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Monday, January 18, 2021

How the recent Parliamentary scuffle questions India’s democratic checks and balances

As we all know, parliament is the heart of democracy. However, there is a specific pattern by which the current ruling government has been acting to restrict democratic voices and shut down uncomfortable questions about its policymaking. The recent scuffle at the monsoon session of Parliament – the first after the Coronavirus pandemic hit India in March happened as it was decided to be held without Question Hour.

For the last few years, criticism has poured in against the Modi government of dangerously centralising power and trying to bypass democratic checks and balances. The recent episode highlights this phenomenon even more. These episodes question India’s democratic checks and balances. Let’s see how.

According to the universally accepted explanation, Question Hour “is a segment of a parliament session during which MPs are allowed to ask questions of the government. Like much of parliamentary procedure, the practice has been borrowed from the United Kingdom. It was in place even before Independence in the legislatures of British India.” Question Hour basically is a tactic of how the government is kept in check. In India, as well as in other parliamentary democracies that have been inspired by the UK model, Question Hour is an integral part of parliamentary conduct, allowing every elected representative to make the government more responsive, accountable and ask sensible questions about its shortcomings.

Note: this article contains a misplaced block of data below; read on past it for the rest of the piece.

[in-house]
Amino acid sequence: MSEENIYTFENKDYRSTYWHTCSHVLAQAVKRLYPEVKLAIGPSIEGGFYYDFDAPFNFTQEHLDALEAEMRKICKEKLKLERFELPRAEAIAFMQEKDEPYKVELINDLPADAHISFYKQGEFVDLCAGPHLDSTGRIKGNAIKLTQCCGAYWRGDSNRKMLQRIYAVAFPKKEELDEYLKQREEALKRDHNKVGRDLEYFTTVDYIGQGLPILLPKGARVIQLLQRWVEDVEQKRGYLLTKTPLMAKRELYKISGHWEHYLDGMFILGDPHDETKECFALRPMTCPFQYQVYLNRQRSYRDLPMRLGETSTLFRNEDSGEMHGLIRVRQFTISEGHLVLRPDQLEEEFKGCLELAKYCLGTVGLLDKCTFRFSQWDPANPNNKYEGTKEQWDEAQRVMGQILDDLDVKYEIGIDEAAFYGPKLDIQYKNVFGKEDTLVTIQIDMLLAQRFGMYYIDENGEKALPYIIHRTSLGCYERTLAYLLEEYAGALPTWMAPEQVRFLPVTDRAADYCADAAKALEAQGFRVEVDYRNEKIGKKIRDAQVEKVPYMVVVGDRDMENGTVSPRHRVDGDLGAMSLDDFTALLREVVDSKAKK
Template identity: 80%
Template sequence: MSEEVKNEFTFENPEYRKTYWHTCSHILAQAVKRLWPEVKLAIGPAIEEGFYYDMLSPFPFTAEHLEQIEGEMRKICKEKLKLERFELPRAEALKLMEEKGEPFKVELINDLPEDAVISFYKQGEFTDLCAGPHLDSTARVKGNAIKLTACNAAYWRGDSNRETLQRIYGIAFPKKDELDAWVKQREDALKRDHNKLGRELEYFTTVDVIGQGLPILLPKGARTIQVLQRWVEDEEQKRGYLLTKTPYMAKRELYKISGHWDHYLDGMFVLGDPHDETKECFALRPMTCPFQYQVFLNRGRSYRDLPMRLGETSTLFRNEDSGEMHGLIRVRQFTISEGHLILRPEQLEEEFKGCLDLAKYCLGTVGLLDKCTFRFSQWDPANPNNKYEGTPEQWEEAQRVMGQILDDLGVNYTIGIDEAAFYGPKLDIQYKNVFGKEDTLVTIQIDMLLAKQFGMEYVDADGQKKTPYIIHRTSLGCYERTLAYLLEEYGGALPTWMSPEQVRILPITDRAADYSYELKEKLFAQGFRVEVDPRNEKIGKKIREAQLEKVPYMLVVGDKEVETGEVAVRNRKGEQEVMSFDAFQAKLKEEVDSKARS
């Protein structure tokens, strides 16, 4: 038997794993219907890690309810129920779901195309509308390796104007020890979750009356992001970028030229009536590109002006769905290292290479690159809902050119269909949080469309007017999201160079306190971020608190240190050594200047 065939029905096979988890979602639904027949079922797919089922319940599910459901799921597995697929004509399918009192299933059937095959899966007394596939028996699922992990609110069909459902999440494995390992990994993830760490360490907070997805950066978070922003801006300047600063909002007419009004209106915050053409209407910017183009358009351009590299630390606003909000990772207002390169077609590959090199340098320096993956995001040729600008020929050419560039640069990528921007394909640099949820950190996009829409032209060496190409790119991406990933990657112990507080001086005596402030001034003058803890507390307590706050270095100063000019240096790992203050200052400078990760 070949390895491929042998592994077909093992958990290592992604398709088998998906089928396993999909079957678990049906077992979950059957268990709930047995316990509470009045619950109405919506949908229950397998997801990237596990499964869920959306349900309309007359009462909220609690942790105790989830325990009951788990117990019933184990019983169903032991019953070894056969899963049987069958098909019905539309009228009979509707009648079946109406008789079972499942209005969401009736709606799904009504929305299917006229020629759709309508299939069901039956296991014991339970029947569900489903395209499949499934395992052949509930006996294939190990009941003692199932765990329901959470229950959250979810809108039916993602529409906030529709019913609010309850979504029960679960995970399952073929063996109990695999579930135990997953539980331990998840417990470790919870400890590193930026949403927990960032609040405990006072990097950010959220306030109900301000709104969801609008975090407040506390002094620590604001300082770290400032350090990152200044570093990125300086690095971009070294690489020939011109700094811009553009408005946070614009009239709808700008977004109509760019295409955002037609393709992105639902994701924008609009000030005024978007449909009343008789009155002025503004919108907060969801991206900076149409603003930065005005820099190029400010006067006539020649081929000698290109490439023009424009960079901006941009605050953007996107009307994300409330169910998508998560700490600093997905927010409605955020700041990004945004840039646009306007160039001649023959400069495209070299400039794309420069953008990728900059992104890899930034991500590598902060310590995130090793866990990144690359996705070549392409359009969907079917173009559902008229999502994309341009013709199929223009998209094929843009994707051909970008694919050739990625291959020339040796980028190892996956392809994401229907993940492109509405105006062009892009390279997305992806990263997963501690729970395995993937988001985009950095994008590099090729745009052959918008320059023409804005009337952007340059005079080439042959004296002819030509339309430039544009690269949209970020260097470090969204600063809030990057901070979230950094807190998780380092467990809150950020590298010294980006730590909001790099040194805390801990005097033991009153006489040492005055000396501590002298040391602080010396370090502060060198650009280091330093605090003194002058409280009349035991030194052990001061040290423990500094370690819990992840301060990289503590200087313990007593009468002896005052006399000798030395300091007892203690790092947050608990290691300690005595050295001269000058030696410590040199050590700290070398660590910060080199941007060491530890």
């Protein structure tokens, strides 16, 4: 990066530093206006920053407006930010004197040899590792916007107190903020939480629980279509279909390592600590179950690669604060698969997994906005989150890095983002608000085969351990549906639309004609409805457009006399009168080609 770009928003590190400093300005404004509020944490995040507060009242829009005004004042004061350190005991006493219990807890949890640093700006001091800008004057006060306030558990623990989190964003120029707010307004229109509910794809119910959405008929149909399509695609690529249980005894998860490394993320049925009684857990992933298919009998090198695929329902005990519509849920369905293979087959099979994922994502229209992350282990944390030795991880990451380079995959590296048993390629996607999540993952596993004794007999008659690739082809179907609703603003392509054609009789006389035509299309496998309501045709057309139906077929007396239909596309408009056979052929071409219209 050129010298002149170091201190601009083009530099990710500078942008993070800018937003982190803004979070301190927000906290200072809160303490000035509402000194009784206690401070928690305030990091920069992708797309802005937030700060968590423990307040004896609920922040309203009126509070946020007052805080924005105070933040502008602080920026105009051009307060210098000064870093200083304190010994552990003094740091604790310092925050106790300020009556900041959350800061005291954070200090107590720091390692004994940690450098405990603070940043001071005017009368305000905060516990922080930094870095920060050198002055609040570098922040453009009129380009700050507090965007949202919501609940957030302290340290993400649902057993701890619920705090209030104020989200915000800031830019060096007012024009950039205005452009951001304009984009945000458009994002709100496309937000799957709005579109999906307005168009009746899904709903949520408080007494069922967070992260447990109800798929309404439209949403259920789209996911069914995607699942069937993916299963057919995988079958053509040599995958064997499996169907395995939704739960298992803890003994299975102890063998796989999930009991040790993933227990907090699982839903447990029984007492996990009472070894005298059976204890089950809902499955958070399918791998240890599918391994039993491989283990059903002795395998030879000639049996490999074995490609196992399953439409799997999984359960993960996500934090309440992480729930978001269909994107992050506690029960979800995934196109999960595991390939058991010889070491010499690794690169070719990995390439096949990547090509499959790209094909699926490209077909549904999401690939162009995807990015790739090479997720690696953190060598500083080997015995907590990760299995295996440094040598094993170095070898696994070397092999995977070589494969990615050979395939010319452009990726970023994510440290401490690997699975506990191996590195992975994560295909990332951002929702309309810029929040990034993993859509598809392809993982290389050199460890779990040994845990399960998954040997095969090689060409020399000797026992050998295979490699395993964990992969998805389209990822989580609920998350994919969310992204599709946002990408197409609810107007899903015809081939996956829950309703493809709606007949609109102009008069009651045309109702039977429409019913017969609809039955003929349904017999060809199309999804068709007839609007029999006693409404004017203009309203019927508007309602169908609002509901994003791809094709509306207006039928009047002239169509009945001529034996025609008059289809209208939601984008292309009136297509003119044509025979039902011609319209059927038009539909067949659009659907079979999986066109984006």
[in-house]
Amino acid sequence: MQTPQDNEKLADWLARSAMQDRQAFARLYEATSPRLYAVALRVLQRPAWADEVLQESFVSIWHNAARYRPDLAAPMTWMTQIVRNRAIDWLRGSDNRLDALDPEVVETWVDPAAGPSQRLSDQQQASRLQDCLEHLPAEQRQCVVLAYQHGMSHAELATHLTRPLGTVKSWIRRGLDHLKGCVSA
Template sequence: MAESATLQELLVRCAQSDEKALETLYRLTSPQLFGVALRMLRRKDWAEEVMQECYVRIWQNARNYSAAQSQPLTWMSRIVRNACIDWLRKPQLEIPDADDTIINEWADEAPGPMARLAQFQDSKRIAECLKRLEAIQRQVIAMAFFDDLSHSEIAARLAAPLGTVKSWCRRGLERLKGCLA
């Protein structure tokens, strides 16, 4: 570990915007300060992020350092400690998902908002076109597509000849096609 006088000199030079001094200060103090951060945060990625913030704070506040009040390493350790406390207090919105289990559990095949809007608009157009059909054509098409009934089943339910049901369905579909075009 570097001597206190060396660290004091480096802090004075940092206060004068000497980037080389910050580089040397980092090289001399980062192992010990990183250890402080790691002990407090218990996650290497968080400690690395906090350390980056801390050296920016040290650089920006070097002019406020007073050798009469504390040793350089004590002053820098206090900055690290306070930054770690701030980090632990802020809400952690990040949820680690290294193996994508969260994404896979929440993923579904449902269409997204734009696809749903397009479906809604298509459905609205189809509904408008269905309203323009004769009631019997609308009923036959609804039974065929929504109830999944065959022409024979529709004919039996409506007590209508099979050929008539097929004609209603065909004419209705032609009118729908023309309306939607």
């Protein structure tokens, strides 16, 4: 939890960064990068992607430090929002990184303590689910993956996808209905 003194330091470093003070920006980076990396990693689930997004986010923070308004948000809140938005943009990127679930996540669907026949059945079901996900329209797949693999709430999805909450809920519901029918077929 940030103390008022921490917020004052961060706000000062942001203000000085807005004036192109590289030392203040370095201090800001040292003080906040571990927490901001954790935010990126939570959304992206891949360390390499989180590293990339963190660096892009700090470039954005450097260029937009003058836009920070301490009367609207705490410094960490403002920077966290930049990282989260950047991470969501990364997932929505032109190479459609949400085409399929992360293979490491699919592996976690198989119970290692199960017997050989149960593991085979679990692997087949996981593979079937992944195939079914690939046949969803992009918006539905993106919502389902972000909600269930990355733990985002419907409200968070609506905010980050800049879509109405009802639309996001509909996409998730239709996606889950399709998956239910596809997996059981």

While COVID-19 has made a phenomenal circumstance, blaming the pandemic solely so as to abridge Question Hour has neither rhyme nor reason. In the event that several parliamentarians can meet and the administration can complete its business, unquestionably a way can be found for MPs to pose inquiries and the legislature to answer them. It may, for instance, be noticed that the Union government is proceeding with to a great extent unnecessary activities, for example, modernising New Delhi. Unquestionably if the enormous scope of design plans can be drawn up and executed, civil servants can likewise play out the essential role of reacting to inquiries by MPs.

Farmers Bill

The Rajya Sabha on Sunday passed the Farmers’ and Produce Trade and Commerce (Promotion and Facilitation) Bill, 2020 and Farmers (Empowerment and Protection) Agreement on Price Assurance and Farm Services Bill, 2020. The Bills were passed by voice vote amid massive uproar by the opposition, which has said that it will not sign a “death warrant” on farmers.

TMC leader Derek O’Brien demanded that the Bills should be sent to a select committee. “These bills need to be debated in Parliament. You have the numbers to have your way and we have the right to have our say and to keep you on track of Parliamentary democracy. This is a very very dangerous trend we are following. The select committee is not a hand brake…it is there to contribute. I am going to move select committee,” he said. “The PM said the opposition is trying to mislead the farmers. Let us see what credibility you have to make these speeches. You promised to double farmers’ income by 2022. At the current rate, the farmer incomes would not double till 2028,” he said. Also stating that the government promised two crore jobs every year, he said: “Now you have the highest unemployment.”